I first became aware of the Doomsday Clock at school in the mid-1990s when a teacher introduced it to me. She told my class about the grand sweep of history, explaining that if everything that had happened on our planet was compressed into a single year, then life would have emerged in early March, multi-cellular organisms in November, dinosaurs in late-December – and humans wouldn’t arrive on the scene until 11:30 on New Year’s Eve. Then she contrasted this great swathe of history with how short our futures might be, and told us how a group of scientists in the US thought we may only have a few metaphorical minutes left until midnight. It never crossed my mind that someday I might be working on the same problem, as a researcher at the Centre of the Study of Existential Risk at the University of Cambridge.
It’s a powerful story, and for many years I thought this is what the Doomsday Clock meant: that its hands represented the time we have left before the end. However, that’s not quite accurate.
Today, the scientists for the Doomsday Clock at the Bulletin of the Atomic Scientists will publish their annual judgement of how close its hands sit to midnight, for the 75th time. Every year, the announcement highlights the complex web of catastrophic risks facing humanity, including weapons of mass destruction, environmental breakdown and disruptive technologies. And in 2020, the Bulletin’s president, Rachel Bronson, solemnly announced that its hands had moved closer to armageddon than ever before – only 100 seconds. But to understand what that really means, you need to understand the story of the Clock, where it came from, how to read it, and what it tells us about humanity’s existential predicament.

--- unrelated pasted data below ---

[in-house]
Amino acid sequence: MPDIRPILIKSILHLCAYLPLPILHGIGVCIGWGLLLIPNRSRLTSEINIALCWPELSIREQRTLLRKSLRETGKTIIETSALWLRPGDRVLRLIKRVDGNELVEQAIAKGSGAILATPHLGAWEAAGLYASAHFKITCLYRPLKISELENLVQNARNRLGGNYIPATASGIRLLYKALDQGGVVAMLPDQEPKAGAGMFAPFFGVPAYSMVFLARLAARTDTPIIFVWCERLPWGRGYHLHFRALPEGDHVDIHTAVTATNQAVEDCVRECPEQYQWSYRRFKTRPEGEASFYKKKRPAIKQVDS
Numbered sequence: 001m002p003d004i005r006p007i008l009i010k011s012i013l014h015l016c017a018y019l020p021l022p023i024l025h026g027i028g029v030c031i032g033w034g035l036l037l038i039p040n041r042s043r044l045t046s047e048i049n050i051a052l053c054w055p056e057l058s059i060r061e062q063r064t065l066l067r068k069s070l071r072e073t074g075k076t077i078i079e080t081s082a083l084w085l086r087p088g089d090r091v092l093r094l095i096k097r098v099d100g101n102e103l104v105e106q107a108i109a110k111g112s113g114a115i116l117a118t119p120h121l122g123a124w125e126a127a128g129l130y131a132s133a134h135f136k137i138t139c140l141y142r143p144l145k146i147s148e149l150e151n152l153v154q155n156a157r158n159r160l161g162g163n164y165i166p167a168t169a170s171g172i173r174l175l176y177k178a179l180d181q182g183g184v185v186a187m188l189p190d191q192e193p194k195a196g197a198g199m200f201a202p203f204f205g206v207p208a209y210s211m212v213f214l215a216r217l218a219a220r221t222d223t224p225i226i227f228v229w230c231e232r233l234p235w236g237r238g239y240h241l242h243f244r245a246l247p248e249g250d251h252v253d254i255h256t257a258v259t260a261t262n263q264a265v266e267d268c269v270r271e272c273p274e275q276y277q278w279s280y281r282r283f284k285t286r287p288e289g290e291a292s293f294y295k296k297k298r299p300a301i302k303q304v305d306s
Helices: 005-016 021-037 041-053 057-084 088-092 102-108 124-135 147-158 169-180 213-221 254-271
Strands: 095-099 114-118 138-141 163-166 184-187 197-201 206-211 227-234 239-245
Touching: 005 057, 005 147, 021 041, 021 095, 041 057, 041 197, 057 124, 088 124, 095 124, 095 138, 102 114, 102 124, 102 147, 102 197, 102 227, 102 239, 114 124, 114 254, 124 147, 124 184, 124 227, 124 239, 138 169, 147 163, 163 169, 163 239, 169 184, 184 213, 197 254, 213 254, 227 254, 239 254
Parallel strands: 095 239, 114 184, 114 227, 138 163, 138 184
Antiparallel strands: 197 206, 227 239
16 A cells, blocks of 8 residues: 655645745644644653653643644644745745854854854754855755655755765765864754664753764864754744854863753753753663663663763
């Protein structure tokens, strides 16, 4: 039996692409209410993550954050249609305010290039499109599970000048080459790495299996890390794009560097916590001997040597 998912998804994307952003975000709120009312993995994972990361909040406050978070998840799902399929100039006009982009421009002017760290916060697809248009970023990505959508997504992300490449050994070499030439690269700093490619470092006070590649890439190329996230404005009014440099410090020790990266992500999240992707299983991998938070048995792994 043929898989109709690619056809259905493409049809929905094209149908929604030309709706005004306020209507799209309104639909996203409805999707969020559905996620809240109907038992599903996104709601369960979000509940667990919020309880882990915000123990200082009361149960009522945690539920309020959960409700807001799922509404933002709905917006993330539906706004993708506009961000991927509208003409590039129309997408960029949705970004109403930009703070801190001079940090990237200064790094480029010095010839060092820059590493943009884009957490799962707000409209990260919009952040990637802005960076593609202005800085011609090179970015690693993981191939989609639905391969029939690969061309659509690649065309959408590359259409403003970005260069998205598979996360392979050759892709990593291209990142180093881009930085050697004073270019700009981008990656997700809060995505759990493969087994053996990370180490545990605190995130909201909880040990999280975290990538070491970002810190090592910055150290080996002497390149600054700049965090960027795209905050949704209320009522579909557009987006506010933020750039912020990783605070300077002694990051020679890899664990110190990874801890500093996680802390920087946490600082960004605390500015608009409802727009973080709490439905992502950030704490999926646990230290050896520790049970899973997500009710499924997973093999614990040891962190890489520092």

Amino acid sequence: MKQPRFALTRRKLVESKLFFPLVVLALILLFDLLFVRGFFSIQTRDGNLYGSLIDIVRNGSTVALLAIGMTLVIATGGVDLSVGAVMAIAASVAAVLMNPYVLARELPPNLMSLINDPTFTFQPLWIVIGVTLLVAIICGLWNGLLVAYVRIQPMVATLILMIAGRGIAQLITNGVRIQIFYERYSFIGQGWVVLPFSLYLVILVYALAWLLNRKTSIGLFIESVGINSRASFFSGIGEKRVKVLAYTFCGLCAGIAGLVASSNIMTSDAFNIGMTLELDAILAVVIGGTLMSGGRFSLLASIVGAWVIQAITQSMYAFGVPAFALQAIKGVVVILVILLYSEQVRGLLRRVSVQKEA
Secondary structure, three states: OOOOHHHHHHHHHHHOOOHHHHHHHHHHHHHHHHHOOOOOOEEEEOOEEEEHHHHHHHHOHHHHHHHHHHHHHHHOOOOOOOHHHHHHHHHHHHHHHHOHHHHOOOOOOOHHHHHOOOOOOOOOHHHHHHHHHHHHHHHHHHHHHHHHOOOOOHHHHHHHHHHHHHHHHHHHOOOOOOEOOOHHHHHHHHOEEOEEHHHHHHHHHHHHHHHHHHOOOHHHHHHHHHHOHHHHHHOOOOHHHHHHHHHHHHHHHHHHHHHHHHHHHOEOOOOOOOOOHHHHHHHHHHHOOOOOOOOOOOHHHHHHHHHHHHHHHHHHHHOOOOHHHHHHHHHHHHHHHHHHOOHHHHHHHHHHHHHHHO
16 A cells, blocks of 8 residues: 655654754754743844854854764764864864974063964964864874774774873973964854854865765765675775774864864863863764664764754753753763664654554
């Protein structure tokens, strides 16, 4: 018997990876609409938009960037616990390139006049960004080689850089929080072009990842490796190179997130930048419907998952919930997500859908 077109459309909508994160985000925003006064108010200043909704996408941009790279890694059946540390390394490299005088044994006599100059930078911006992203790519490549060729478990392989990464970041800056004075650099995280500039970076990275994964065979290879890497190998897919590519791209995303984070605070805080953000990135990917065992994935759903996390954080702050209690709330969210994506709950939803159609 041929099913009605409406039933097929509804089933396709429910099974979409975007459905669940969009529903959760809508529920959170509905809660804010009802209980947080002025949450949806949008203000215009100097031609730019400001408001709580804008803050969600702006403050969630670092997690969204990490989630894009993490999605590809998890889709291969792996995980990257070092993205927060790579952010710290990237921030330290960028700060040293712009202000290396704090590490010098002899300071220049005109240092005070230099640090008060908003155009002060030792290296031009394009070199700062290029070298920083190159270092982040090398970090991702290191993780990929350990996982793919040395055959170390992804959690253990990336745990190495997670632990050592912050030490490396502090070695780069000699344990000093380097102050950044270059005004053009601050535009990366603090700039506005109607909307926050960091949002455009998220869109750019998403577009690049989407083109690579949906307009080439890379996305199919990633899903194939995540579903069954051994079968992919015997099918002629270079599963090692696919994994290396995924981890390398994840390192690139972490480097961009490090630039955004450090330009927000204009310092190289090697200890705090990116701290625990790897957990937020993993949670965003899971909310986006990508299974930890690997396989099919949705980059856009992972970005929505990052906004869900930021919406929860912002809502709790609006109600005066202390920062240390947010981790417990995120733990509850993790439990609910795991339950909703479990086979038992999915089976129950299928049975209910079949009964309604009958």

Setting the Clock in motion
The speed and violence with which nuclear technology evolved was breathtaking, even to those closely involved in its development. In 1939, world-renowned scientists Albert Einstein and Leo Szilard wrote to the US president about a breakthrough in nuclear technology that was so powerful, and could have such tremendous battlefield consequences, that a single nuclear bomb, “carried by boat and exploded in a port, might very well destroy the whole port”. It was a possibility too significant to ignore. This letter led to the establishment of an enormous scientific, military, and industrial collaboration, the Manhattan Project, that a mere six years later produced a bomb much more powerful than the one imagined by Einstein and Szilard, capable of destroying an entire city and its population. Only a few years after that, nuclear arsenals were capable of destroying civilisation as we know it.
The first scientific concern that nuclear weapons might have the potential to end humanity came from the scientists involved in the first nuclear tests. They were concerned that their new weapons might accidentally ignite the Earth’s atmosphere. These worries were quickly dismissed and, thankfully for all concerned, proved false.